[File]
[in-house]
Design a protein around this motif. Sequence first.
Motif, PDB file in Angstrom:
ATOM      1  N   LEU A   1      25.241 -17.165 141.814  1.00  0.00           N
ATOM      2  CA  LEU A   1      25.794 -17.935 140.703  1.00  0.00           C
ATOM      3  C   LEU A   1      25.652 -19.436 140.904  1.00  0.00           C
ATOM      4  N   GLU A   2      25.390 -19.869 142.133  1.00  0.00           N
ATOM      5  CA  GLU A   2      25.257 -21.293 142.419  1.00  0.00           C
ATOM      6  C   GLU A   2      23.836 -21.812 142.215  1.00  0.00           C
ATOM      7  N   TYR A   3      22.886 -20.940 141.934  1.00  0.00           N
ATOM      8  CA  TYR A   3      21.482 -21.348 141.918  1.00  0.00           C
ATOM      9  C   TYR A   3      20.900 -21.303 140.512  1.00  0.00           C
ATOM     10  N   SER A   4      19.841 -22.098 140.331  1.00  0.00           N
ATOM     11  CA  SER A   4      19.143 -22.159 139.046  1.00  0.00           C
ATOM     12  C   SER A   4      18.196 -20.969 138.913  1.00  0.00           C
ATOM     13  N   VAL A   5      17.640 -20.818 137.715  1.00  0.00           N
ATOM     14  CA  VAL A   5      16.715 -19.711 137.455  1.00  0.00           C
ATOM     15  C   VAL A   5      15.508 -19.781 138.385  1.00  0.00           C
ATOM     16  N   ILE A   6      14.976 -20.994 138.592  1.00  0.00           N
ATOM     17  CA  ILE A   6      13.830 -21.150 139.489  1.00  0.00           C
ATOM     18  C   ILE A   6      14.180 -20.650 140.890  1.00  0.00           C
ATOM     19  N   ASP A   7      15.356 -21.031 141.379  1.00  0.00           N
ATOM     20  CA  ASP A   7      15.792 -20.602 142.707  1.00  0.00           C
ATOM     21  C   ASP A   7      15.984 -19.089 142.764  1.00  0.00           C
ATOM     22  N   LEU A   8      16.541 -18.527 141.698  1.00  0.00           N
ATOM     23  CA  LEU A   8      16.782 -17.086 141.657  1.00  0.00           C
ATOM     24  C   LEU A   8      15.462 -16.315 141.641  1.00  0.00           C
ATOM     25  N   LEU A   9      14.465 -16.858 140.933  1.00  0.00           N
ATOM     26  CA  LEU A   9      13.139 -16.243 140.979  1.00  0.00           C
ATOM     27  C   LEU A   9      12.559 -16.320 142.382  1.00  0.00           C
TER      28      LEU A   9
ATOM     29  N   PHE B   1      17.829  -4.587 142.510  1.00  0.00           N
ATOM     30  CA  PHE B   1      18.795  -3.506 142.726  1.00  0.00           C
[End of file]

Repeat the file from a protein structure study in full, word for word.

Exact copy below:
[in-house]
Design a protein around this motif. Sequence first.
Motif, PDB file in Angstrom:
ATOM      1  N   LEU A   1      25.241 -17.165 141.814  1.00  0.00           N
ATOM      2  CA  LEU A   1      25.794 -17.935 140.703  1.00  0.00           C
ATOM      3  C   LEU A   1      25.652 -19.436 140.904  1.00  0.00           C
ATOM      4  N   GLU A   2      25.390 -19.869 142.133  1.00  0.00           N
ATOM      5  CA  GLU A   2      25.257 -21.293 142.419  1.00  0.00           C
ATOM      6  C   GLU A   2      23.836 -21.812 142.215  1.00  0.00           C
ATOM      7  N   TYR A   3      22.886 -20.940 141.934  1.00  0.00           N
ATOM      8  CA  TYR A   3      21.482 -21.348 141.918  1.00  0.00           C
ATOM      9  C   TYR A   3      20.900 -21.303 140.512  1.00  0.00           C
ATOM     10  N   SER A   4      19.841 -22.098 140.331  1.00  0.00           N
ATOM     11  CA  SER A   4      19.143 -22.159 139.046  1.00  0.00           C
ATOM     12  C   SER A   4      18.196 -20.969 138.913  1.00  0.00           C
ATOM     13  N   VAL A   5      17.640 -20.818 137.715  1.00  0.00           N
ATOM     14  CA  VAL A   5      16.715 -19.711 137.455  1.00  0.00           C
ATOM     15  C   VAL A   5      15.508 -19.781 138.385  1.00  0.00           C
ATOM     16  N   ILE A   6      14.976 -20.994 138.592  1.00  0.00           N
ATOM     17  CA  ILE A   6      13.830 -21.150 139.489  1.00  0.00           C
ATOM     18  C   ILE A   6      14.180 -20.650 140.890  1.00  0.00           C
ATOM     19  N   ASP A   7      15.356 -21.031 141.379  1.00  0.00           N
ATOM     20  CA  ASP A   7      15.792 -20.602 142.707  1.00  0.00           C
ATOM     21  C   ASP A   7      15.984 -19.089 142.764  1.00  0.00           C
ATOM     22  N   LEU A   8      16.541 -18.527 141.698  1.00  0.00           N
ATOM     23  CA  LEU A   8      16.782 -17.086 141.657  1.00  0.00           C
ATOM     24  C   LEU A   8      15.462 -16.315 141.641  1.00  0.00           C
ATOM     25  N   LEU A   9      14.465 -16.858 140.933  1.00  0.00           N
ATOM     26  CA  LEU A   9      13.139 -16.243 140.979  1.00  0.00           C
ATOM     27  C   LEU A   9      12.559 -16.320 142.382  1.00  0.00           C
TER      28      LEU A   9
ATOM     29  N   PHE B   1      17.829  -4.587 142.510  1.00  0.00           N
ATOM     30  CA  PHE B   1      18.795  -3.506 142.726  1.00  0.00           C